A rare German U-boat was found by explorers this month in the Skagerrak strait, which lies between Denmark, Norway and Sweden. The Sea War Museum Jutland in Thyborøn, Denmark found the submarine while continuing its search for shipwrecks in the North Sea and other waters surrounding the Scandinavian countries.

In early April, researchers aboard a vessel sponsored by the museum found the wreck of German U-boat U-3523, which was sunk by bombs dropped in the Skagerrak by a British B-24 Liberator bomber on May 6, 1945. Tragically for the submarine crew, it was on the day before that German forces in Denmark, the Netherlands, and northwestern Germany had surrendered. 

But the ill-fated U-boat was not on the war path. It was probably on the run. While the entire crew of 58 perished along with the sub, rumors have been alive ever since about the sub’s intended destination and what it may be hiding in the depths of the sea. After the Second World War, rumors and speculation were rife about Nazis fleeing Europe and seeking refuge in U-boats carrying Nazi gold. The loss of U-3523 fed those rumors. 

The U-3423 was of the new Type XXI submarine was the first that could travel submerged for a prolonged period of time. In the case of the U-3523, it had a range that would have allowed it to sail non-stop all the way to South America, where many Nazis did eventually find refuge. The mystery of the U-3423 is that no one knows the identity of those on board or if there is gold to be found in the ruined vessel.

"This was a very special U-boat. It was the most advanced submarine the Germans built during the [Second World] war. It was highly modern and far ahead of its time," Sea War Museum Jutland director Gert Normann Andersen told  Denmark's TV2. "Why they were fleeing, and where they were going, no one knows. So it's exciting in a way," Andersen said. 

Explorers found the sub at a depth of 123 meters (375 feet), some ten nautical miles north of Skagen, Denmark. A sonar scan of the depths revealed that nearly the whole forward section of the sub is buried into the seabed. The stern juts at an approximate 45 degree angle and stands more than 60 feet off the bottom. and the picture was very surprising. Most unusual the whole fore part of the U-boat lies buried in the seabed, while the stern is standing 20 meters above the bottom. 

While it was previously thought that the sub was located at 57°52′N 10°49′E, the Sea War Museum Jutland found it 9 nautical miles (17 km; 10 mi) further west. 

As part of its efforts, the Sea War Museum Jutland in Thyborøn has found, registered and measured so far about 450 wrecks in the North Sea and in the Skagerrak. Twelve of these are submarines: 3 are British and 9 are German. After the war, the United Kingdom, United States, France, and the Soviet Union seized a number of German Type XXI U-boats and added them to their fleets. In the case of the Soviet Union, the U-boats became known as the Whiskey class and continued in service into the 1980s. Currently, there is only one Type XXI U-boat that has been left preserved. It is a museum piece that is displayed at the German Maritime Museum in Bremerhaven, in northern Germany.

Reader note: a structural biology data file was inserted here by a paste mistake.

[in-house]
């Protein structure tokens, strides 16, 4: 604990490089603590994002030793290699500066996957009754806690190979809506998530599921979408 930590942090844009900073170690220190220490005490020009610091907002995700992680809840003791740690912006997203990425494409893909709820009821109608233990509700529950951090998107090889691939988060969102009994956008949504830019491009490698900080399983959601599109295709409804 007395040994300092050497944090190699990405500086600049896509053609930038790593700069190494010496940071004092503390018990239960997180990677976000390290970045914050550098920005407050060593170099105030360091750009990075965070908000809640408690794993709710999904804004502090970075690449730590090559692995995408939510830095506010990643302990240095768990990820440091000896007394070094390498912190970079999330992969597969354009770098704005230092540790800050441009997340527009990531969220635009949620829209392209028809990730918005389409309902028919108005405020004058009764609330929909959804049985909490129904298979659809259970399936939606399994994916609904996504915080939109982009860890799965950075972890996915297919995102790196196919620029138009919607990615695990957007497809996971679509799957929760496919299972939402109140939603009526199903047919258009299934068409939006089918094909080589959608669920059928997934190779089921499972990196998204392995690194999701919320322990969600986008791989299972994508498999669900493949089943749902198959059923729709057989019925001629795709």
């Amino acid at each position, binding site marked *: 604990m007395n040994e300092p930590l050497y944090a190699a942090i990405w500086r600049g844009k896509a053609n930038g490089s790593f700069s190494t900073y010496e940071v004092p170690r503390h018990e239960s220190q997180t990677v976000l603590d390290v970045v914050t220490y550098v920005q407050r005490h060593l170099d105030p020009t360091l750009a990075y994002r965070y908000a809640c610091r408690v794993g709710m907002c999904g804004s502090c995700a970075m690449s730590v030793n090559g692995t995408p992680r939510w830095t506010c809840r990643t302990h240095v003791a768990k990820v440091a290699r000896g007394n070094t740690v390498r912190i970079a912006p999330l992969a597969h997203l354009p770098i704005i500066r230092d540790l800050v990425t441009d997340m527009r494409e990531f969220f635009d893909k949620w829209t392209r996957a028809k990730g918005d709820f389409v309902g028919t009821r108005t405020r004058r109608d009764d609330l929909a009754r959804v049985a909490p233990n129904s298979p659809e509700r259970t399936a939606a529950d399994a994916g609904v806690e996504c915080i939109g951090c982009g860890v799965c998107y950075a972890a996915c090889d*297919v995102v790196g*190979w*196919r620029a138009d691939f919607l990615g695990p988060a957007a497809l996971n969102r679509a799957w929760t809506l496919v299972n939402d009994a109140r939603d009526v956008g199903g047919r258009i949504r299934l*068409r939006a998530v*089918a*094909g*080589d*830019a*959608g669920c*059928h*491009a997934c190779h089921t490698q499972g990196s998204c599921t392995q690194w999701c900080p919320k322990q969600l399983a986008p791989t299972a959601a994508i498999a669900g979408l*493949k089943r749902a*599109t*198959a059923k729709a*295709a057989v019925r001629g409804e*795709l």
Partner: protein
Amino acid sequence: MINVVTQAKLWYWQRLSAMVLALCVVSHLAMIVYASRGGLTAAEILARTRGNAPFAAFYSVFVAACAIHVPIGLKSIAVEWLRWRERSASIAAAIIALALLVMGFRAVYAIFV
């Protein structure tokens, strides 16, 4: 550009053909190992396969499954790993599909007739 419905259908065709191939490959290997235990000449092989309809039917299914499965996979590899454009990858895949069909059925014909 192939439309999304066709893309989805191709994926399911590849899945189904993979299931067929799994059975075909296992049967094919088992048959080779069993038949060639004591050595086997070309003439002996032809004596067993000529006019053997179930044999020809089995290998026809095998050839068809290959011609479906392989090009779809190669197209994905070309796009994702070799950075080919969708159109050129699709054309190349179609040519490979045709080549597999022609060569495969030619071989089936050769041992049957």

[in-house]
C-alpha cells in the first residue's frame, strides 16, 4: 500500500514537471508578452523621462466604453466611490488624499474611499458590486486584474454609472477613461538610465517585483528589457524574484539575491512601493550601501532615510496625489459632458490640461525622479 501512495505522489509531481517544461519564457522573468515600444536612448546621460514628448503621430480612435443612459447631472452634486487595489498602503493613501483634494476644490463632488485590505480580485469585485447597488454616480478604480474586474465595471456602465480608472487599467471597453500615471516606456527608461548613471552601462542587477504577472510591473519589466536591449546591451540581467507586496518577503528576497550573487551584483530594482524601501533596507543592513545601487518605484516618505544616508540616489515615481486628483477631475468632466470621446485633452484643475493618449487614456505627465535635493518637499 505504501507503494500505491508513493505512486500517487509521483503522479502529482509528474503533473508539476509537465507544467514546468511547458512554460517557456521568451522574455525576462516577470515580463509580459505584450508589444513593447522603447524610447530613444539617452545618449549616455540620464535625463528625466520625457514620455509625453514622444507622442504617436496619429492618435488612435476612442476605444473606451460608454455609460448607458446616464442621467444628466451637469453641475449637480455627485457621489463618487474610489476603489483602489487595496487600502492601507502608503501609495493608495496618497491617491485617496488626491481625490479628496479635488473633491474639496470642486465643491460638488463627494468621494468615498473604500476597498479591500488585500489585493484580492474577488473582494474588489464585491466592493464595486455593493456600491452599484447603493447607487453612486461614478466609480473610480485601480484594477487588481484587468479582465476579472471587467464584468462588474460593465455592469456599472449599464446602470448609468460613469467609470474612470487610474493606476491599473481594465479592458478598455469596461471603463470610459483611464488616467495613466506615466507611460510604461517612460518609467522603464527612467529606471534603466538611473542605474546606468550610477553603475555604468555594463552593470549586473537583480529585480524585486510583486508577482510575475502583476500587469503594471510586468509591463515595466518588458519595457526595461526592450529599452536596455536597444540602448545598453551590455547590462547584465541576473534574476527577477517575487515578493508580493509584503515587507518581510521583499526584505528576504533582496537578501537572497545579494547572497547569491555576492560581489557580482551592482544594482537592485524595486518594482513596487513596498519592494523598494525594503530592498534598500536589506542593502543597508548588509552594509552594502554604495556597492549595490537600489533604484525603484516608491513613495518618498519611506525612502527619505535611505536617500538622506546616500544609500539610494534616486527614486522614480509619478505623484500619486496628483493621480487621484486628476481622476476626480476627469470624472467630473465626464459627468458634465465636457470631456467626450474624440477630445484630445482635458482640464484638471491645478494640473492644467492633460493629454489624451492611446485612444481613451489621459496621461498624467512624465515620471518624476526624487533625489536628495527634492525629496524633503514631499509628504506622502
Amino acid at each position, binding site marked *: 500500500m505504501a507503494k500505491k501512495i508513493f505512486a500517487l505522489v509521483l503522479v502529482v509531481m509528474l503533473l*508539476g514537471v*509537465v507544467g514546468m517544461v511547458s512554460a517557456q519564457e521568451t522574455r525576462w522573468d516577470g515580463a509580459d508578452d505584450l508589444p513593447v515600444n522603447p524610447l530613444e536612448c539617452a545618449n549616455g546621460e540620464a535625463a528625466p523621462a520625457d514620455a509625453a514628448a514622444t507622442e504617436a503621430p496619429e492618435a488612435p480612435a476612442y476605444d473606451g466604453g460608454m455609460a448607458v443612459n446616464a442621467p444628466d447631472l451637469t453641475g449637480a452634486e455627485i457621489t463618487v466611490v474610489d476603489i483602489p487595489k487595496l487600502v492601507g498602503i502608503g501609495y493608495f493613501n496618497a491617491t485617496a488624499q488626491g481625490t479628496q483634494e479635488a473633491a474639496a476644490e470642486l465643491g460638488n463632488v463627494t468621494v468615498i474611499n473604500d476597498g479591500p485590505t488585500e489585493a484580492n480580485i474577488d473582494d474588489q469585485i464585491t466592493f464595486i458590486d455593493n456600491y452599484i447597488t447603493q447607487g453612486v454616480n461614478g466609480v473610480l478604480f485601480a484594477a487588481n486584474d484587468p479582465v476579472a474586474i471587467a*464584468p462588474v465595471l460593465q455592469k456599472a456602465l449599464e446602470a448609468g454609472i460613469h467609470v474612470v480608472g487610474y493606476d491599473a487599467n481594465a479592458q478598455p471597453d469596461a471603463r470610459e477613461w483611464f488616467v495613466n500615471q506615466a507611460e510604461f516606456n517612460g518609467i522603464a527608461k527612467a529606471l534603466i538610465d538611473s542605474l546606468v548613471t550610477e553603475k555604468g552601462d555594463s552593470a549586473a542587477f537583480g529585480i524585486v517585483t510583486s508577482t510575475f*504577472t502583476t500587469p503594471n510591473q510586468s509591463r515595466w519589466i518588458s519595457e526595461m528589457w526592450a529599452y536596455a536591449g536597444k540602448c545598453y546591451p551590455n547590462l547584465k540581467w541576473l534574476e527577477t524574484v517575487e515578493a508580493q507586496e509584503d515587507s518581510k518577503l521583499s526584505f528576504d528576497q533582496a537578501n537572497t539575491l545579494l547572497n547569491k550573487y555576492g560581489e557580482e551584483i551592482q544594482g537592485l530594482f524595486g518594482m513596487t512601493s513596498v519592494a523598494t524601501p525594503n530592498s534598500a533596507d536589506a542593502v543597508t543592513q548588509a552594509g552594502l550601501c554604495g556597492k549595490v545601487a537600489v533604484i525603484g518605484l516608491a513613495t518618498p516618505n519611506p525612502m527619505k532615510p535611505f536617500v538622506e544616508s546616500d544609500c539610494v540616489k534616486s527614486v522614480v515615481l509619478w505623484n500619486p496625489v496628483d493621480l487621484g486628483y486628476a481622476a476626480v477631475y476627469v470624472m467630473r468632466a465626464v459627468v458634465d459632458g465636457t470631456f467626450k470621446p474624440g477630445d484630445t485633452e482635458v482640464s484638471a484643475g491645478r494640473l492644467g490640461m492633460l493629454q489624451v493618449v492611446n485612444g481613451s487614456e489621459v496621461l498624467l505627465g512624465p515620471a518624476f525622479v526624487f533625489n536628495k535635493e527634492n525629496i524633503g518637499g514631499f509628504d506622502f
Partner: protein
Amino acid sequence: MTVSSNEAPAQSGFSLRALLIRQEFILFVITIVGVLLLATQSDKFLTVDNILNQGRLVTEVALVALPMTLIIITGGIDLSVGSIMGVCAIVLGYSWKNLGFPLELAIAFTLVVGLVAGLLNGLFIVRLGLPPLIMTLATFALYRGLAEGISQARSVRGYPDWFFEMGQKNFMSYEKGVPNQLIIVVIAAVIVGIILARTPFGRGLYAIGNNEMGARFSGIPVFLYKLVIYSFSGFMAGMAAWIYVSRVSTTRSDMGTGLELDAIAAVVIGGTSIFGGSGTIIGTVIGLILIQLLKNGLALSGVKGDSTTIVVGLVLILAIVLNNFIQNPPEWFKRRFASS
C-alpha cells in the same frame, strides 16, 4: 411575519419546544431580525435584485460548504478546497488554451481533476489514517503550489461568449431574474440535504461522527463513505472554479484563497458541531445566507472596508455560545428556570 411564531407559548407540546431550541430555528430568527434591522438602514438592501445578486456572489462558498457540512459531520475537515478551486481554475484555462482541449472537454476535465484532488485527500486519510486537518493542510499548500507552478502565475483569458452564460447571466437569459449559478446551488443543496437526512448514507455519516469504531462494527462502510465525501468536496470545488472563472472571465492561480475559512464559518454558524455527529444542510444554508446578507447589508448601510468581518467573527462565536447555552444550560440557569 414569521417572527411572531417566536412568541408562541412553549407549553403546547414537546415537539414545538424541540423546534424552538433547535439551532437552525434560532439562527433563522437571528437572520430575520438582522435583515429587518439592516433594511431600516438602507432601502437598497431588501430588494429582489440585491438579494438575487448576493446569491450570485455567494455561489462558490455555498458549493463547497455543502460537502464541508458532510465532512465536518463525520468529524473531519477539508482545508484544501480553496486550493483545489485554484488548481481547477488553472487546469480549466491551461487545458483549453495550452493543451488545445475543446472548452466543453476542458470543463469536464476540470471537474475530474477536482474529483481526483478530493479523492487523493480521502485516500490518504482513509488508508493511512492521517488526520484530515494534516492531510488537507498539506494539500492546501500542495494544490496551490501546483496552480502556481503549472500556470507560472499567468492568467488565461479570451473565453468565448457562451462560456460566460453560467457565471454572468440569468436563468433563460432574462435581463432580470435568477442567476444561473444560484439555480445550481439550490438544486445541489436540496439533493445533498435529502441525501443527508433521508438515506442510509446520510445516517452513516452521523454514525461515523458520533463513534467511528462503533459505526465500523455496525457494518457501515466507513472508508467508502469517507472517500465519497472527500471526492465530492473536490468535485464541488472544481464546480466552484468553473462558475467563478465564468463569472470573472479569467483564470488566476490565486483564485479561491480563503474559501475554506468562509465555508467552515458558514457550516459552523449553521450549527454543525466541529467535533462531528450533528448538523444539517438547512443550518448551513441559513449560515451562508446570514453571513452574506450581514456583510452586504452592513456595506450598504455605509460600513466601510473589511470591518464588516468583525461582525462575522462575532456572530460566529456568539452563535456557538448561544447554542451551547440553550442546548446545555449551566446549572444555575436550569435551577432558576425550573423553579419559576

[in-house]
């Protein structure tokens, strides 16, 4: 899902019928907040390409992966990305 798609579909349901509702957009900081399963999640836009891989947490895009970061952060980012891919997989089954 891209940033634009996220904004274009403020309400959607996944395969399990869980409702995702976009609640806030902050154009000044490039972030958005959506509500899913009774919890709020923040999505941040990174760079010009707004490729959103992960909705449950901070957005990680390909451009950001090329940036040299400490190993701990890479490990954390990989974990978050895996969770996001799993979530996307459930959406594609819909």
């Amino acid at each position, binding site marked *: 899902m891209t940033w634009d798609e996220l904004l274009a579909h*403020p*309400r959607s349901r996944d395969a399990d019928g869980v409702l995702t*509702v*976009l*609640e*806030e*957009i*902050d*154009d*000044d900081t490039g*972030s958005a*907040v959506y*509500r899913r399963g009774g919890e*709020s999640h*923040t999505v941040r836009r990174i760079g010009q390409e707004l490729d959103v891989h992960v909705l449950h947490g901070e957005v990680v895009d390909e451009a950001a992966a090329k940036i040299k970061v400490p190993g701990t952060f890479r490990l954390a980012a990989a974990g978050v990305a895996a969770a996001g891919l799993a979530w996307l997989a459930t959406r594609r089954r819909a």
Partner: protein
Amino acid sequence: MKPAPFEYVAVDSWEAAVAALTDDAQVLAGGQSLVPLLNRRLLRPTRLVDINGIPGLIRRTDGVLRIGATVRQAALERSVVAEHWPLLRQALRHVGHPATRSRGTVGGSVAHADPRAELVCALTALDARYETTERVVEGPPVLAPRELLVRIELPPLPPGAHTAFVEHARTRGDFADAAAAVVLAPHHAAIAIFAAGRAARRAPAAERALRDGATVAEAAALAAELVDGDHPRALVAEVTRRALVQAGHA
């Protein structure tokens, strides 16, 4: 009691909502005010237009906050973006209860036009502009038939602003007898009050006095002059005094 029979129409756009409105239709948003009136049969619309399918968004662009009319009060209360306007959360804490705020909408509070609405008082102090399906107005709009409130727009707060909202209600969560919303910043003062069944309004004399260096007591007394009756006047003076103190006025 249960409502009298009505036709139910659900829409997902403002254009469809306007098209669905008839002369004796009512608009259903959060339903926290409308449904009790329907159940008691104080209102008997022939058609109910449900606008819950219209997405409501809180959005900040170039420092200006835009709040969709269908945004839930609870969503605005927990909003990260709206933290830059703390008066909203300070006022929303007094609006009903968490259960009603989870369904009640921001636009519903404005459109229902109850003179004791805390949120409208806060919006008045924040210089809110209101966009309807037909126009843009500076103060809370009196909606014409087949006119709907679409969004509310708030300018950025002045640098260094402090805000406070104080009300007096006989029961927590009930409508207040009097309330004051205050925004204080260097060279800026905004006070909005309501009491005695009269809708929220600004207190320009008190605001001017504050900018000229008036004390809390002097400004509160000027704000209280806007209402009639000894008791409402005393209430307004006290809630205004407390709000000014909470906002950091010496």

The U-3523 submarine or "Elektroboote" was launched on December 14, 1944 and was under the command of Oberleutnant zur See Willi Müller in January 1945. Like all Type XXI U-boats, U-3523 had a displacement of 1,621 tonnes (1,595 long tons) when at the surface and 1,819 tonnes (1,790 long tons) while submerged. She had a total length of 76.70 m (251 ft 8 in) (o/a), a beam length of 8 m (26 ft 3 in), and a draught length of 6.32 m (20 ft 9 in).[3] The submarine was powered by two MAN SE supercharged six-cylinder M6V40/46KBB diesel engines each providing 4,000 metric horsepower (2,900 kilowatts; 3,900 shaft horsepower), two Siemens-Schuckert GU365/30 double-acting electric motors each providing 5,000 PS (3,700 kW; 4,900 shp), and two Siemens-Schuckert silent running GV232/28 electric motors each providing 226 PS (166 kW; 223 shp).]

The submarine had a maximum surface speed of 15.6 knots (28.9 km/h; 18.0 mph) and a submerged speed of 17.2 knots (31.9 km/h; 19.8 mph). When running on silent motors the boat could operate at a speed of 6.1 knots (11.3 km/h; 7.0 mph). When submerged, the boat could operate at 5 knots (9.3 km/h; 5.8 mph) for 340 nautical miles (630 km; 390 mi); when surfaced, she could travel 15,500 nautical miles (28,700 km; 17,800 mi) at 10 knots (19 km/h; 12 mph).[3] U-3523 was fitted with six 53.3 cm (21.0 in) torpedo tubes in the bow and four 2 cm (0.79 in) C/30 anti-aircraft guns. She could carry twenty-three torpedoes, or seventeen torpedoes and twelve mines. The complement was five officers and fifty-two men. Any passengers would have been cramped.

The modern diesel-electric U-boats of the sort found recently off Denmark had flaws that prevented most from being used in combat. The Nazis built 118 of the Type XXI U-boats. However, due to poor quality control, only four were fit for combat before the end of hostilities. Just two were deployed, neither sinking any Allied ships. 




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Spero News writer Martin Barillas is a former US diplomat, who also worked as a democracy advocate and election observer in Latin America. His first novel 'Shaken Earth', is available at Amazon.

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